After reading this I spat out a mouthful of fresh blood! 
Down with US-Japanese imperialism, down with US-Japanese imperialism, long live the great unity of the Chinese people, compatriots make your voices heard, don’t be silent 
What do we get for helping Japan??? Which countries has China’s overseas aid converted? It’s like the netizen above said, America is a mountain on China’s head, Japan is a thorn in China’s throat. At the moment we can’t throw off the mountain from our head, but we can first pull out the thorn from our throat. The Chinese people strongly demand diplomatic ties be severed………
What’s so bad about this – can’t we just attack them? Worry and fear can’t solve problems, neither can negotiating, even less so pleading. You have to advance or retreat with big strides, create a space, not find fault with 1.3 billion people for standing up for their legitimate interests 那就大踏步地进退，腾出一个空间来，就不信了十三亿人为了自己的正当权利还由得他们来指手画脚 
Resolutely defend our country’s South Sea territorial integrity, resolutely fight back against the Japanese-American so-called alliance that seeks to contain our country. 
There are only relations of interest between countries, and there is only resistance by force…you pray for peace but it does not come… 
Old American friends, allow us to complete our smooth and steady stage, let the scene of prosperity we have created stay a while, say, do you want us to kneel down before you!! Just don’t get tough!!!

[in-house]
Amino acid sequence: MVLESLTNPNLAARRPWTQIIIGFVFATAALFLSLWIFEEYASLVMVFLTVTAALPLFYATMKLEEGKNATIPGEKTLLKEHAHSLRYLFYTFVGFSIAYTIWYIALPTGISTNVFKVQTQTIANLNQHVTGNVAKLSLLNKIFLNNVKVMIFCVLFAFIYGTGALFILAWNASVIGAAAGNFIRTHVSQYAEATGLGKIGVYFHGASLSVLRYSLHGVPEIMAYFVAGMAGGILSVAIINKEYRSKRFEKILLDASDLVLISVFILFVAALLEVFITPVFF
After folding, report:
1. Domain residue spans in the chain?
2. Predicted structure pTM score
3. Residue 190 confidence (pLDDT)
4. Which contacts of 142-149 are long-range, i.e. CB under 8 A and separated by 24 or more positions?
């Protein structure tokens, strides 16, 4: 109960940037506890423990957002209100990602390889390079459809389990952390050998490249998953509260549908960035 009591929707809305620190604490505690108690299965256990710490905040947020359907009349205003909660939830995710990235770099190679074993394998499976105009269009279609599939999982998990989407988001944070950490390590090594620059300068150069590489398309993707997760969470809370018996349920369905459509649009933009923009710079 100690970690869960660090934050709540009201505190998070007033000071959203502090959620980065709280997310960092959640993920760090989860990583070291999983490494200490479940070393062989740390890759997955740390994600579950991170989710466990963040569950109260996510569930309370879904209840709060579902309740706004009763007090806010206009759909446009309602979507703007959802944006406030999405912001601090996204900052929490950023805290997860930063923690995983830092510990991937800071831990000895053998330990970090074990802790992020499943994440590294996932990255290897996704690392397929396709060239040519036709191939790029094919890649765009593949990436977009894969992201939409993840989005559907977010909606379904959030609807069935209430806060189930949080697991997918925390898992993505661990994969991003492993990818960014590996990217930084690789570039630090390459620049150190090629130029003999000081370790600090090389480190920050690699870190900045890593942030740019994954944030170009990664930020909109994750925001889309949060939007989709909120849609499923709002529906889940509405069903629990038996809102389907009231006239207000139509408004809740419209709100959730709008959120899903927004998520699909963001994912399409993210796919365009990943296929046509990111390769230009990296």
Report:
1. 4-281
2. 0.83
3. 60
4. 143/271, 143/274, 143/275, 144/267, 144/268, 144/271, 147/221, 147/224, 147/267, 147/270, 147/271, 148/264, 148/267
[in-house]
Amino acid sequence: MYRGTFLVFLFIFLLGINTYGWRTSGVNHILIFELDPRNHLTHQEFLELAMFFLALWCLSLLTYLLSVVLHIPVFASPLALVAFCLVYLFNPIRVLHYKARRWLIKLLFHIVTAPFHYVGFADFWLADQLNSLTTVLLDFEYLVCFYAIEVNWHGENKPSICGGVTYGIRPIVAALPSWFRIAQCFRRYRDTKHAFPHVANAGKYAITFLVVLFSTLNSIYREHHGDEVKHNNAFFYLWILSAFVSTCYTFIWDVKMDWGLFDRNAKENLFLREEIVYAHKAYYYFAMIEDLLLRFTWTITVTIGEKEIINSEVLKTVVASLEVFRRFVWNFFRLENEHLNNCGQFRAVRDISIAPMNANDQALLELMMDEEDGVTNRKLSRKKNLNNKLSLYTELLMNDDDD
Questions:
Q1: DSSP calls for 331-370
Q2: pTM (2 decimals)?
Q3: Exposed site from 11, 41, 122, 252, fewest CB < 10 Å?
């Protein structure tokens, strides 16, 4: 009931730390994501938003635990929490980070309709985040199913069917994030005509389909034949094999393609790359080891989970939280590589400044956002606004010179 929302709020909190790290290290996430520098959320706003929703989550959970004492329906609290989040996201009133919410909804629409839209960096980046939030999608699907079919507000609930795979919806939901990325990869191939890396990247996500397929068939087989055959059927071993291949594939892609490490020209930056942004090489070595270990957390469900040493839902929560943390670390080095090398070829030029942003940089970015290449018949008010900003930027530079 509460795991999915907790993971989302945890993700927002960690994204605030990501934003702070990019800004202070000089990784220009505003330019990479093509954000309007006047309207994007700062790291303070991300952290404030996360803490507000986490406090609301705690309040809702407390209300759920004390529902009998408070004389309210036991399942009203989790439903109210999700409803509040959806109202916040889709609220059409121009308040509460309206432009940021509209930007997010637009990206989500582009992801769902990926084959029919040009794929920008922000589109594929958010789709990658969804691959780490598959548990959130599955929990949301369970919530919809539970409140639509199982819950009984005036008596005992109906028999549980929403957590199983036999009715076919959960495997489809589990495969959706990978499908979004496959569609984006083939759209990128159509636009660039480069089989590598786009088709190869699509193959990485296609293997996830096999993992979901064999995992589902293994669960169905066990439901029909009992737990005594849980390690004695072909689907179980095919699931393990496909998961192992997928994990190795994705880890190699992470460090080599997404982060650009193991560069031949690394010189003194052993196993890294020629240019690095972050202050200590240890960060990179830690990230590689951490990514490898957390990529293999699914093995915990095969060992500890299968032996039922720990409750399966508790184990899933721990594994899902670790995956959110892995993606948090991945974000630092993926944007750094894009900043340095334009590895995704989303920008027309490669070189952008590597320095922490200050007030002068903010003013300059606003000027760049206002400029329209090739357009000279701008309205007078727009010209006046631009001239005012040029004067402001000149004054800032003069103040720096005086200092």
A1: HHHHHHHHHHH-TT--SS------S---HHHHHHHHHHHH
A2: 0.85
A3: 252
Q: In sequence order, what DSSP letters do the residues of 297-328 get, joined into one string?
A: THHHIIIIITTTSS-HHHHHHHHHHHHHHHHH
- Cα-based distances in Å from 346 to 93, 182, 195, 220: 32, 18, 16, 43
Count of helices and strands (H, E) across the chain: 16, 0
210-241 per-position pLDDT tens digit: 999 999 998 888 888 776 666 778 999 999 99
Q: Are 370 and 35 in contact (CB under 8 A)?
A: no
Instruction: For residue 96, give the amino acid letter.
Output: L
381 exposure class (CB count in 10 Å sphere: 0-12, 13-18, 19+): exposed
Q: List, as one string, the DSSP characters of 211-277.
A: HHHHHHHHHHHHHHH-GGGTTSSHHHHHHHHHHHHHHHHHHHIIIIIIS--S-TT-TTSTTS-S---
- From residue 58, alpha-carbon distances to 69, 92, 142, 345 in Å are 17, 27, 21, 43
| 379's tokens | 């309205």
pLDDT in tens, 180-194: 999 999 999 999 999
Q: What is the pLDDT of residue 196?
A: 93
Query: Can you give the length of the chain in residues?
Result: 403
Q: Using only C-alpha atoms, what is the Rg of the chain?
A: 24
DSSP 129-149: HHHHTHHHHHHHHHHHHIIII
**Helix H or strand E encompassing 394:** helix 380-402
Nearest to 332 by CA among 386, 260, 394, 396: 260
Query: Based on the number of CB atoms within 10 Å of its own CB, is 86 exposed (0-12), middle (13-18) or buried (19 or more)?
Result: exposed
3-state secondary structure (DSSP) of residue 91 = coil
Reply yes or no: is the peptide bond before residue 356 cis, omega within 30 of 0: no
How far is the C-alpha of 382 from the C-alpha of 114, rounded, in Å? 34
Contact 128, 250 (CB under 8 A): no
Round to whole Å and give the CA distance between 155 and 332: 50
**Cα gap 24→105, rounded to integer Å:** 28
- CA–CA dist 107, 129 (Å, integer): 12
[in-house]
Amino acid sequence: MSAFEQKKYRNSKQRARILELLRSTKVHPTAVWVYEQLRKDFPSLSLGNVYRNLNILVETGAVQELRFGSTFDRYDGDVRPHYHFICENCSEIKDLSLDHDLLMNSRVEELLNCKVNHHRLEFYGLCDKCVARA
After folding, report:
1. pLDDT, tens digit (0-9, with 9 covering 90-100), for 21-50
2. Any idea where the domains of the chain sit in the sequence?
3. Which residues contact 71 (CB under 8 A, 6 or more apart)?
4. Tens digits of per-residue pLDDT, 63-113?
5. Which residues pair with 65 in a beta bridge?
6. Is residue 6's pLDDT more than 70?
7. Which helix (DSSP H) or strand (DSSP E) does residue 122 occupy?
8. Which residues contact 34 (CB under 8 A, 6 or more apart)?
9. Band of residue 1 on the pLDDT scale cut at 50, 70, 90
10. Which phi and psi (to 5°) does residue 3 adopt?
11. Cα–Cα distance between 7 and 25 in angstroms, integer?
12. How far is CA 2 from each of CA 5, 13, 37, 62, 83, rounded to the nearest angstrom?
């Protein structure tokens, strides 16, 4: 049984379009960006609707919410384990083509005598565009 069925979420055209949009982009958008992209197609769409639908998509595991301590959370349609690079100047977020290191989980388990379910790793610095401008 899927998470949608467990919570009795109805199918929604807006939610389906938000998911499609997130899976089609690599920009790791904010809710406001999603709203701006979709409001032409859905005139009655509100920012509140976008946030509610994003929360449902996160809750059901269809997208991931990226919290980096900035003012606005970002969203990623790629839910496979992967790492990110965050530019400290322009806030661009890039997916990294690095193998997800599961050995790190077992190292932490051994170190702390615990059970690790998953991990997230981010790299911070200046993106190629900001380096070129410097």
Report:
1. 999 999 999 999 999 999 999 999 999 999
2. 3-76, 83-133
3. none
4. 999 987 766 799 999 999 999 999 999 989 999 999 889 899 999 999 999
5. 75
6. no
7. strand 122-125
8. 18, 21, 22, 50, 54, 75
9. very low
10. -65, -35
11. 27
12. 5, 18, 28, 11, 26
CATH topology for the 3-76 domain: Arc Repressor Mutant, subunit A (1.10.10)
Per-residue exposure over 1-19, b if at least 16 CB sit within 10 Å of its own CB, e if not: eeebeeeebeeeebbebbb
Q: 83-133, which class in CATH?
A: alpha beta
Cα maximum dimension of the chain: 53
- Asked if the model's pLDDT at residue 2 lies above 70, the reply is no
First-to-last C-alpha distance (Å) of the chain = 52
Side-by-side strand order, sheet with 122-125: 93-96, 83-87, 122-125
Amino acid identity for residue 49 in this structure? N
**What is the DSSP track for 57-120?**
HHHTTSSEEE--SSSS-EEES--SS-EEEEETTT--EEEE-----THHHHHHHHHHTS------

If we comfort the Japanese people, they will be friendly towards us, and Little Japan won’t bite. Haha. 
Blatant provocation, a battle cry. Facing Japanese-American provocation and battle cries, China should make preparations for nuclear war. As soon as it starts, conventional warfare will be useless, so cover Japan in nukes. “Remember, remember!!” – history tells China that being feeble doesn’t bring peace, it only brings encroachment. 
At the end of the last post i raised the fanciful-sounding idea that a leftist struggle for power might be in progress within the Party, and interacting with popular opinion, especially online. Unlikely as the idea might seem, the discussion above could possibly be a sign that the 50c Party* has been mobilized in favour of a leftist faction within the CCP in the lead-up to the leadership handover next year. [Disclaimer: if it isn't already clear, this is pure speculation, but you have to use imagination in hypothesizing the black box...]
* Also not a monolith – there are loads of 50-centers working for a variety of local and central departments.